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Posts Tagged ‘education’

Last fall, I bought Dr. Tony Evans’ new book, Oneness Embraced: Through the Eyes of Tony Evans.  Personally, I’m a fan of this pastor and his radio show, The Alternative.  A few years ago, I also had the privilege of sitting under the teaching of his daughter, Priscilla Shirer, at a women’s conference held by my church.  Seeing Dr. Evans was taking up the topic of race and racism in the evangelical church, I immediately got a copy.  Unfortunately, it took me several months to get around to reading it.  I can say that this book, written primarily to white and black audiences in particular, is a confident yet diplomatic invitation to those interested in building unity amid diversity and division in the church.

Dr. Evans begins by identifying white evangelical culture’s call to return to the good old days for what it is: an intensely problematic romanticism that overlooks the theological error and human cruelty committed by revered historical figures.  Evans is gentle, generous and gracious in explaining this to his likely resistant and privileged audience:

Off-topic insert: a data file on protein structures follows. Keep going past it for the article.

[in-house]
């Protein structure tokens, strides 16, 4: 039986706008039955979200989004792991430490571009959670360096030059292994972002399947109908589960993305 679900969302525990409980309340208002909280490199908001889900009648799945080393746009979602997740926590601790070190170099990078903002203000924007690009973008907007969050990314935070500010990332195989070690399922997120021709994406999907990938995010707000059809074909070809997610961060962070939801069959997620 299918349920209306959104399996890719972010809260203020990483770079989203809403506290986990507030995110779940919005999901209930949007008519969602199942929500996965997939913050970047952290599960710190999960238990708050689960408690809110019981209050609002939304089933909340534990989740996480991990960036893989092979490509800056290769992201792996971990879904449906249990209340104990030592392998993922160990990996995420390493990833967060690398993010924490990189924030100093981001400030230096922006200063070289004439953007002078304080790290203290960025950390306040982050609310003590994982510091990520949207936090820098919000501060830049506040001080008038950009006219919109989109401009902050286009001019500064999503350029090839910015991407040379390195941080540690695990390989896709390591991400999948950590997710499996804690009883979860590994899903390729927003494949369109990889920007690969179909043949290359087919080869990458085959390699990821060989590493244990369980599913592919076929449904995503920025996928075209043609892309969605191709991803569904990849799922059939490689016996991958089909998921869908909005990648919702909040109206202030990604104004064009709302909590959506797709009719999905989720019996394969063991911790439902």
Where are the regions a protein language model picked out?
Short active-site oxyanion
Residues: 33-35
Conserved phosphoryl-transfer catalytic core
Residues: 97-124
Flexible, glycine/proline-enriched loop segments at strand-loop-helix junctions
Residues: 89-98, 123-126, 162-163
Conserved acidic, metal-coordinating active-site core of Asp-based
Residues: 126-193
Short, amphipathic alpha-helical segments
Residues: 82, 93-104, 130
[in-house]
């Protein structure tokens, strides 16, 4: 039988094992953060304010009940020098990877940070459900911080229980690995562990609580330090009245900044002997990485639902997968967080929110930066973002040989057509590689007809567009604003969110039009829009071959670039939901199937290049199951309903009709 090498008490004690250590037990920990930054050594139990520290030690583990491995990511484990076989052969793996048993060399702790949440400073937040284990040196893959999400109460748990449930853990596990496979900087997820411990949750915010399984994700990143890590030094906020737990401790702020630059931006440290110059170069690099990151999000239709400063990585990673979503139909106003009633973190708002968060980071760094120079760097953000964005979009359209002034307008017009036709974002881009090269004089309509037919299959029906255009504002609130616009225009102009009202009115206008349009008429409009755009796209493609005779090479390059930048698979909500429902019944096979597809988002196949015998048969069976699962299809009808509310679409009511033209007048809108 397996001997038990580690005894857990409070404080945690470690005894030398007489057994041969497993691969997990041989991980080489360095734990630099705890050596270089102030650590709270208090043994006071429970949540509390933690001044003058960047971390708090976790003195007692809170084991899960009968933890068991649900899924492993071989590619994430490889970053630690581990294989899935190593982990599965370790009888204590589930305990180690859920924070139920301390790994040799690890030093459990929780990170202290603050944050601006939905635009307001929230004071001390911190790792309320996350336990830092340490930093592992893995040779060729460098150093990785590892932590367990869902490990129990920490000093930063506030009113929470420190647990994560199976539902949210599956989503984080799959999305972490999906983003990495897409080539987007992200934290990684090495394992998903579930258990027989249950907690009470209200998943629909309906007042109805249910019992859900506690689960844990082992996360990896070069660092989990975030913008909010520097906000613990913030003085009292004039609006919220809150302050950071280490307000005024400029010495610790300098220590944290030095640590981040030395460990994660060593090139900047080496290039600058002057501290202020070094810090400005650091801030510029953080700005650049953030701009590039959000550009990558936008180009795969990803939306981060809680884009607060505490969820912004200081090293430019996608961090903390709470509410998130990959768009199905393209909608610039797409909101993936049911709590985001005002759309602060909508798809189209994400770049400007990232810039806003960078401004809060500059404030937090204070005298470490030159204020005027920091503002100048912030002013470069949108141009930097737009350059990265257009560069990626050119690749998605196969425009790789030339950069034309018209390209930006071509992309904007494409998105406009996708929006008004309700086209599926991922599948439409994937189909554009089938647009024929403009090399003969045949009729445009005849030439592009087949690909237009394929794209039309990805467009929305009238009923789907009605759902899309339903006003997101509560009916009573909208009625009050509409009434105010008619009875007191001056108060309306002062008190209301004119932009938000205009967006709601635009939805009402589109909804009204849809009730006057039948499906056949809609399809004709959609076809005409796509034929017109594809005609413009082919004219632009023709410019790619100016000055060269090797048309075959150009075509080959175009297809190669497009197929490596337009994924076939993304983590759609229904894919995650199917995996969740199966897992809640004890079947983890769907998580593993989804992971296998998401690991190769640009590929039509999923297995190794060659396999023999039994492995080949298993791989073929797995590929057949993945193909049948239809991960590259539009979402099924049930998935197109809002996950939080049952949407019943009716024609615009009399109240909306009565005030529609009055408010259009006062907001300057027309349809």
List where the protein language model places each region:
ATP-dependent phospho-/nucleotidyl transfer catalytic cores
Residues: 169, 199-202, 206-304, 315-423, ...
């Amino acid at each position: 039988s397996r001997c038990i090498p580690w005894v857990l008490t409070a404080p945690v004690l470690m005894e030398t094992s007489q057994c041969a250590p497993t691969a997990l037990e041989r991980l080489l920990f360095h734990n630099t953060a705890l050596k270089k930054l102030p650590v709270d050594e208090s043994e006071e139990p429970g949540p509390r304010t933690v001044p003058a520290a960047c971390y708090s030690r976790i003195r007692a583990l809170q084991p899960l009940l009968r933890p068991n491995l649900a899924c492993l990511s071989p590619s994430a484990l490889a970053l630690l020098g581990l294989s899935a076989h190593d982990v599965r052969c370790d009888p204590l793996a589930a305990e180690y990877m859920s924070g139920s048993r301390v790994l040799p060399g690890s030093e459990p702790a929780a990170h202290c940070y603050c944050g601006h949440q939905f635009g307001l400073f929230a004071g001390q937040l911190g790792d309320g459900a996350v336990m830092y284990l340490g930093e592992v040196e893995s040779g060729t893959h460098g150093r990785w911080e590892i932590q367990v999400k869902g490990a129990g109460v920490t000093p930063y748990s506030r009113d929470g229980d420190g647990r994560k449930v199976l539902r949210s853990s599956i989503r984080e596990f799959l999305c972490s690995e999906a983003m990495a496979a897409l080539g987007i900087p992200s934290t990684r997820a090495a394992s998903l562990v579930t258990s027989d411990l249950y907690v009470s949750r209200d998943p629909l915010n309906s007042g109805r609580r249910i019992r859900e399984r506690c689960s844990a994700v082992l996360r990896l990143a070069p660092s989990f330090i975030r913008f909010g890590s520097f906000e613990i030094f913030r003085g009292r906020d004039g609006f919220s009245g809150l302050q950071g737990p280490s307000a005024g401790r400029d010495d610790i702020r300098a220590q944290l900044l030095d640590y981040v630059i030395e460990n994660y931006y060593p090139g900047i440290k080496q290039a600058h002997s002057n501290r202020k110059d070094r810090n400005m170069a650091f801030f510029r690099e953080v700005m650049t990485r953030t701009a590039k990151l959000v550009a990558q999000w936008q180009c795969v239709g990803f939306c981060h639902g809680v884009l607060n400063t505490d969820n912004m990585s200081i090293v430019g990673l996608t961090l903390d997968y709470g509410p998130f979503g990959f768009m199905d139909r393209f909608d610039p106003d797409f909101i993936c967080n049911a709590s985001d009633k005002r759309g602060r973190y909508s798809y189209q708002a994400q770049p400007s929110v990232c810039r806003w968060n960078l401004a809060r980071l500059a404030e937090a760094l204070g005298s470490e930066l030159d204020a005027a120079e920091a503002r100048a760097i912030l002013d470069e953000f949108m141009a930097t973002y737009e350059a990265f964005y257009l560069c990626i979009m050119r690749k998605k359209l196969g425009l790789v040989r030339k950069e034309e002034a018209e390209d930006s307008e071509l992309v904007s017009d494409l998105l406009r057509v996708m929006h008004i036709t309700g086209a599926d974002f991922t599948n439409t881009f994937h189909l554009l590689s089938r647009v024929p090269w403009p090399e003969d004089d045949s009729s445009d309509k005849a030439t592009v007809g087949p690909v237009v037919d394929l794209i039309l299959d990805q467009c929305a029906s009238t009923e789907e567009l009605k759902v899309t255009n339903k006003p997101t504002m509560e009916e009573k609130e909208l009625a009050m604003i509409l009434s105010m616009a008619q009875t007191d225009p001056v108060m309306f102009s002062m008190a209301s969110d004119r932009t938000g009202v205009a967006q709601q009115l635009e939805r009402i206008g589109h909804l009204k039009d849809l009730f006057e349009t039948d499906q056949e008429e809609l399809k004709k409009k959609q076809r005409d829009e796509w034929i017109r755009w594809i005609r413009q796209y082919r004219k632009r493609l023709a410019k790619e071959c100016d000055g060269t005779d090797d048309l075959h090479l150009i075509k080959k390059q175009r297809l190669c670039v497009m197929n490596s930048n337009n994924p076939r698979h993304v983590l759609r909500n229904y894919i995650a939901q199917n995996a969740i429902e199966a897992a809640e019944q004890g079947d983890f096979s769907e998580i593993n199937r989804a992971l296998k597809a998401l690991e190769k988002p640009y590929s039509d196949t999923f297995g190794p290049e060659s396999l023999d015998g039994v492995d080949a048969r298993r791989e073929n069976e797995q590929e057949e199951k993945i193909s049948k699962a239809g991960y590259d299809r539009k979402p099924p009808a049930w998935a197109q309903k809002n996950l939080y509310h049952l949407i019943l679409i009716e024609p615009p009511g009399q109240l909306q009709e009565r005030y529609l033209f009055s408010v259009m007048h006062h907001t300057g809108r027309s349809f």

For far too long Anglo Christians have wrapped the Christian faith in the American flag, often creating a civil religion that is foreign to the way God intended His church to function.  Our nation’s founding fathers are frequently elevated to the level of church fathers in the arguments for the U.S. being founded as a Christian nation…Our founding fathers’ failure to apply the principles of freedom that they were espousing to the area of race is a prominent reason why many minority individuals are less than enthusiastic to join in with those in our nation who want to exalt or restore America’s history and heritage…what is often missing in our appeal to the return of the heritage and faith of our founding fathers is an acknowledgment and reversal of a major theological contradiction that many held–that of proclaiming justice for all while denying it for many…[We] have often appealed to that heritage while simultaneously ignoring the moral inconsistencies that were prevalent in its application. (19-20)

Evans dedicates a large section of his book to educate his audiences about the evolution of the black church in America.  This is perhaps the most valuable component.  While this abridged history may seem like an oversimplification for students of the subject, Evans’ presentation of the material piques one’s interest and would be engaging to any relatively uneducated audience (like me).  Unlike many of his white peers, Evans, himself a mainline evangelical, acknowledges the contributions of black liberation theologian James Cone, while making clear his own points of contention with that dogma.  He encourages his readers to engage in a discerning exploration of Cone’s theology: